High rainfall in some areas the past couple of weeks has produced another wet spring in Iowa. This leads to questions about nitrogen (N) loss and need for supplemental N application to corn. Unfortunately, this question has become almost the norm - I have written approximately 20 articles on the subject since 2007.

The discussion of N loss should include losses from both the soil N supply and residual nitrate-N. There is usually tile drainage every spring and occasionally in the late fall, leading to N losses. Also, losses can be rapid if soils become saturated, soils are warm, and nitrate is present; these conditions lead to denitrification (biological conversion of nitrate to N gas). Some N loss from soils is typical, the magnitude depends on many factors. Prediction of the effect of these losses on N supply to corn, additional N fertilization need, etc. in wet periods is difficult. There are several approaches in making estimates of N status or loss.

Remember that guidelines for N application rates for corn in Iowa take into account “normal” N losses as N rate research trials are conducted in the field. This is especially important as those N rate trials incorporate supply and loss of soil derived-N, not just applied N. This means that the accumulation of N rate research trials, like used in the Corn Nitrogen Rate Calculator, builds in some variation of soil N supply and climatic conditions.

Approaches to estimating N loss

Use the Late Spring Soil Nitrate Test (LSNT)
Use of the LSNT test in Iowa corn production in described in an Iowa State University Extension and Outreach publication (CROP 3140). At this time in most fields, we are past the calendar time and growth stage calibrated for that test and it should no longer be used.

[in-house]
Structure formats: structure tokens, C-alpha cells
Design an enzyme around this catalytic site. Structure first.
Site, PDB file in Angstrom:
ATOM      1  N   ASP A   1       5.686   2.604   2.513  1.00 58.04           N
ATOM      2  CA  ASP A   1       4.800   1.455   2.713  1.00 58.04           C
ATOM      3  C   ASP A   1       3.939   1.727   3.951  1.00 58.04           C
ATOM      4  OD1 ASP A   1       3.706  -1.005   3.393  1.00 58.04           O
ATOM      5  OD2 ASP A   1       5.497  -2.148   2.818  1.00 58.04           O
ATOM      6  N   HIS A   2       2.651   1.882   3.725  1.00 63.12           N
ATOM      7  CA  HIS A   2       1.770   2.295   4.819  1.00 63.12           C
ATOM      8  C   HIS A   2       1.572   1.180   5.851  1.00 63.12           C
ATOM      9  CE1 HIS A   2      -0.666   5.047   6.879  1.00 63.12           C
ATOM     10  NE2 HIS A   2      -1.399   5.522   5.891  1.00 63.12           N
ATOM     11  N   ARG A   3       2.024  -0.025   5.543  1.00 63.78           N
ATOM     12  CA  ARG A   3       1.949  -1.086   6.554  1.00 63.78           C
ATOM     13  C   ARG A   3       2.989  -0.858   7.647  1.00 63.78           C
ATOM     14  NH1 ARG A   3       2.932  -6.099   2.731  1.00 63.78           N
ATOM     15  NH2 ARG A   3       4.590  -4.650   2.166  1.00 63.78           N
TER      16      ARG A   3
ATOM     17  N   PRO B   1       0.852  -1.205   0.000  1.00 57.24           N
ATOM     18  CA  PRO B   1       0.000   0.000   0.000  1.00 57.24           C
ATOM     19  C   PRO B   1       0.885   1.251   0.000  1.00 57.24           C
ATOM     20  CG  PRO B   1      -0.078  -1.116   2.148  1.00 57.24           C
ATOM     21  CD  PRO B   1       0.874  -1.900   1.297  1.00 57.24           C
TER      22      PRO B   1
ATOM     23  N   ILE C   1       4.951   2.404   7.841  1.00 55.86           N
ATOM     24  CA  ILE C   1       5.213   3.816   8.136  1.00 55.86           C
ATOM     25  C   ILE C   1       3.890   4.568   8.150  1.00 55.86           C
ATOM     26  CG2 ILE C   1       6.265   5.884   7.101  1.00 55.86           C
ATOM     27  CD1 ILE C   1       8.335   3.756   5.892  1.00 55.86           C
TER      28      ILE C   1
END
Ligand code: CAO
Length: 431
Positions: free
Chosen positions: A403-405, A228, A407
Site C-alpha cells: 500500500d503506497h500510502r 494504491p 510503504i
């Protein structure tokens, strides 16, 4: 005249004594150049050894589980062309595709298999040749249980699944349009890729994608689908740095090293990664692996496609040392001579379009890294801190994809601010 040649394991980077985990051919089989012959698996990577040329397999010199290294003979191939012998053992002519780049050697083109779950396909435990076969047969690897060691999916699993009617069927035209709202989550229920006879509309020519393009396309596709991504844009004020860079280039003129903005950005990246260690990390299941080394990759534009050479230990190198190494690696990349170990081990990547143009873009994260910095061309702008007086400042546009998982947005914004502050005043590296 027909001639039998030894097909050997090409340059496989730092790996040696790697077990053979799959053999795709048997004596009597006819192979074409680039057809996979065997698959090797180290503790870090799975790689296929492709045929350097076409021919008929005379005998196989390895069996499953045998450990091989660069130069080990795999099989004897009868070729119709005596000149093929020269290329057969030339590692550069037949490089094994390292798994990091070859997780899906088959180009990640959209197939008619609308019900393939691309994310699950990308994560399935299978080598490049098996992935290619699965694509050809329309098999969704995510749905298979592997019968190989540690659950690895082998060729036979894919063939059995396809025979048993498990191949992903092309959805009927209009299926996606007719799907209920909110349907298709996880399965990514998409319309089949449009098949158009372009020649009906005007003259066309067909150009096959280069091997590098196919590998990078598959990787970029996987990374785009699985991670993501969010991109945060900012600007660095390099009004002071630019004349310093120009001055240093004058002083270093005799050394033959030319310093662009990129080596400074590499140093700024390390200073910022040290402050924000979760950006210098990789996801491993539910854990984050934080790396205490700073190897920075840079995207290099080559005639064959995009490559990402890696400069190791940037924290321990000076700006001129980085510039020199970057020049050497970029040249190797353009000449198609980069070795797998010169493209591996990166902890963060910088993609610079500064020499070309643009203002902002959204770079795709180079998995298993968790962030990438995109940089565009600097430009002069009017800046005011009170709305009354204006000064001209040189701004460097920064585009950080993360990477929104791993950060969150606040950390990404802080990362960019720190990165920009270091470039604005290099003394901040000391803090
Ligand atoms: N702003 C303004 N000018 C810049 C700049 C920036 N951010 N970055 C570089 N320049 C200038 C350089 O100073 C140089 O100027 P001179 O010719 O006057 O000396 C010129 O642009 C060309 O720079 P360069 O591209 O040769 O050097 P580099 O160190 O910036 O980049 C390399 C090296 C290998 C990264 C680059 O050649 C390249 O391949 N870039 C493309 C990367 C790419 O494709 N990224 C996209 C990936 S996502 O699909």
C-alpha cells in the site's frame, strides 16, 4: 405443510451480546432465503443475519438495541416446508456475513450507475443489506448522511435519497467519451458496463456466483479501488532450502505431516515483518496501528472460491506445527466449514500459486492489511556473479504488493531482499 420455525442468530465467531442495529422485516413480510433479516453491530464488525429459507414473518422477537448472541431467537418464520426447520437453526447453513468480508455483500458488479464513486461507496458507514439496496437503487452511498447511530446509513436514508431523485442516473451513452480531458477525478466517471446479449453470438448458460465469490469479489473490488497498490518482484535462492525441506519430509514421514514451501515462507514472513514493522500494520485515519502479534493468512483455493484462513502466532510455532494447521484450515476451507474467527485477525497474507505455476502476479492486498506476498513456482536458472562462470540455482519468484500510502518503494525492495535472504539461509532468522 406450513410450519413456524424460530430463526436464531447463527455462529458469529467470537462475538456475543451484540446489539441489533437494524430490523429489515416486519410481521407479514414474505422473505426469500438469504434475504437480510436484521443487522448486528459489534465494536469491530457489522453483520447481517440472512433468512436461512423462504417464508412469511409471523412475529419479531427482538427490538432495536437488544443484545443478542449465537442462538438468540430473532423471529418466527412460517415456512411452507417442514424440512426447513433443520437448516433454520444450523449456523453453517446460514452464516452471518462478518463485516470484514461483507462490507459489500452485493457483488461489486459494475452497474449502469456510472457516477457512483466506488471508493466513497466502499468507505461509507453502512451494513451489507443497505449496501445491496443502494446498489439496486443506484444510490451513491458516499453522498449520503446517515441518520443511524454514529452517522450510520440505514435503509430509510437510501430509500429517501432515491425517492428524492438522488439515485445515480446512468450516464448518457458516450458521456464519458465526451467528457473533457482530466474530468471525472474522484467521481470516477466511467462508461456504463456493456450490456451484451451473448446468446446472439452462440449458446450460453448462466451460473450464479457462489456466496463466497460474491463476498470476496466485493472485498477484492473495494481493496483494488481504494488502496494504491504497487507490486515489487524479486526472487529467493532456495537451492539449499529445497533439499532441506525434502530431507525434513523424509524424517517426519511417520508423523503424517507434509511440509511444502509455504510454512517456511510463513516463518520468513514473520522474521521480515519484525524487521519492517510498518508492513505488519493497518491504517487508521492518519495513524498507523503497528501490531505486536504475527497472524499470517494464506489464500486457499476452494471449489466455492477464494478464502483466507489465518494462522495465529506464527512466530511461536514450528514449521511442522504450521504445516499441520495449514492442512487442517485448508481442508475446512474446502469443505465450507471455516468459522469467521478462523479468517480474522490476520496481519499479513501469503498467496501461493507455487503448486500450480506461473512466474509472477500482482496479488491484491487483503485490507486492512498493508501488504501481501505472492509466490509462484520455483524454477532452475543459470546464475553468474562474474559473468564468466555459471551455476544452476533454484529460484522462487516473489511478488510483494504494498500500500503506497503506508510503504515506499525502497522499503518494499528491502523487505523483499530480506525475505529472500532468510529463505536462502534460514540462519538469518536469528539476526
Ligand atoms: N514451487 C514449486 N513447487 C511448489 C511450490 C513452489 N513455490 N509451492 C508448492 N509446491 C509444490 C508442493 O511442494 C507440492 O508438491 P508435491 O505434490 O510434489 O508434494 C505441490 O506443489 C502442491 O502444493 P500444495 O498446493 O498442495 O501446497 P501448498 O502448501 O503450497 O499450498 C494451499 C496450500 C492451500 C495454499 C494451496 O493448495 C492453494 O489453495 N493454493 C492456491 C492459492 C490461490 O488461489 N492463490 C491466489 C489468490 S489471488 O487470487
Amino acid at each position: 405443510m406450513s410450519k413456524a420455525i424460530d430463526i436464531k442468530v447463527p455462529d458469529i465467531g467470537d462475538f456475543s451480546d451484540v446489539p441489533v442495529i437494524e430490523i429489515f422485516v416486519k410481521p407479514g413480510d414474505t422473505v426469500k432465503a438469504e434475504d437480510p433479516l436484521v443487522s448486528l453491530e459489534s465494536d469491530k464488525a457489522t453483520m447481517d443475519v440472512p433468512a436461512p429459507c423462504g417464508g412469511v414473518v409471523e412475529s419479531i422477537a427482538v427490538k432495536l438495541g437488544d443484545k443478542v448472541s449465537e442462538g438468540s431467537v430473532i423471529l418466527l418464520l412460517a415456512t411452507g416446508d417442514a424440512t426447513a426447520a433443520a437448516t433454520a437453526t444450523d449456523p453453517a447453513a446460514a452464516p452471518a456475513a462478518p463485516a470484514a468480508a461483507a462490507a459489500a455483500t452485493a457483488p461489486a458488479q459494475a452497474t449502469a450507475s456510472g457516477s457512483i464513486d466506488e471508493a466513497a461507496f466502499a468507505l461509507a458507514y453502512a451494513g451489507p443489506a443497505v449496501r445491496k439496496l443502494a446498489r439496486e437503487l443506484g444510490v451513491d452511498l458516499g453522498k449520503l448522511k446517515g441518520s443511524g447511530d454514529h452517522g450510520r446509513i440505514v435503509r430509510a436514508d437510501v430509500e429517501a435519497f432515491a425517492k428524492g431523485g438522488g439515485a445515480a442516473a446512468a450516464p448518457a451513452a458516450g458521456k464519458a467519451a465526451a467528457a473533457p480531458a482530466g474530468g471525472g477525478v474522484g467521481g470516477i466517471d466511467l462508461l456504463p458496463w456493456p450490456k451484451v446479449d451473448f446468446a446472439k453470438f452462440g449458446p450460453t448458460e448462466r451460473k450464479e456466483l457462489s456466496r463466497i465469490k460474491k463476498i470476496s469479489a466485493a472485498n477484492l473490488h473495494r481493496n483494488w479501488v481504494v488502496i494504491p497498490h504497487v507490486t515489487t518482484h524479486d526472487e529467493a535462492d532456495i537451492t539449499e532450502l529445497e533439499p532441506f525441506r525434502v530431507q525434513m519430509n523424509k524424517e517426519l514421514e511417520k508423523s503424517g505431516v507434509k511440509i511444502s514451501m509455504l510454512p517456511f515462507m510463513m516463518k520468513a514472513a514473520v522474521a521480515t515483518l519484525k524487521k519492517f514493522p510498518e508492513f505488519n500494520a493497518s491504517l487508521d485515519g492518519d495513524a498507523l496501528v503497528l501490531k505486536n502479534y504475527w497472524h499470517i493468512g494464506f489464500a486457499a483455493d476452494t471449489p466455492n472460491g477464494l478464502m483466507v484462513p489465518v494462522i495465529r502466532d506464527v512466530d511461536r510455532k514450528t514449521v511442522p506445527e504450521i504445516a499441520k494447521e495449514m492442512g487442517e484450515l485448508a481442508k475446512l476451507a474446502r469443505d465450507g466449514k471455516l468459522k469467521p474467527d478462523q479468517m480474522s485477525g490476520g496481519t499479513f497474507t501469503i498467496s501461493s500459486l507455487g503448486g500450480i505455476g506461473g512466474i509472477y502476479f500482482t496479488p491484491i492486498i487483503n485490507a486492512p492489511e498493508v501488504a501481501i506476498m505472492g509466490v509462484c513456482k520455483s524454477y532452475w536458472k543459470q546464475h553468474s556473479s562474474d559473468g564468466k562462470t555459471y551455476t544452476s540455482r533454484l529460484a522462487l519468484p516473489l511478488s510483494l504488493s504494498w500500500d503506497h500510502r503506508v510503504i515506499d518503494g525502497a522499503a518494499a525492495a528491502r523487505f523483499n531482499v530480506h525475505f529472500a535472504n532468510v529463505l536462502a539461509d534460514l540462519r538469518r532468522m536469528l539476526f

Modeling
Use of computer models is relatively new for production agriculture. There are several models currently in the market place, including the ISU Extension and Outreach FACTS website that does supply information on nitrate-N in the soil profile (the site was recently updated). You can pick a research site near you and look at the increase and decrease in soil nitrate-N concentration between soil depths. Remember that corn is rapidly taking up N at this time, so there is expectation of decreasing overall nitrate in the profile due to uptake. However, very rapid changes would indicate leaching movement or denitrification, besides crop uptake.

Estimates of nitrate-N production and loss
An example of this was discussed in a 2014 ICM News article (Estimating Nitrogen Loss in Wet Corn Fields). Important components are the estimation of how much nitrate-N has formed from applied N by the time of wet conditions, and the length of soil saturation (which can vary greatly across fields, ex. ponded vs. not ponded areas, and runoff vs. infiltration). When soils are warm, loss can be rapid and large, but slow when soils are cool or there is little nitrate. Recent sidedress fertilizer N applications would be fully or partially “protected” from loss if the application included ammonium which is retained on the soil cation exchange complex and not subject to leaching or denitrification (such as urea, ammonium, and anhydrous ammonia). Anhydrous ammonia is all ammonium, urea rapidly converts to ammonium, and urea-ammonium nitrate solution (UAN 28 or 32%) is one-quarter nitrate, one-quarter ammonium, and one-half urea. Early sidedress applications were likely converted to nitrate before the recent high rainfall events.

Spring rainfall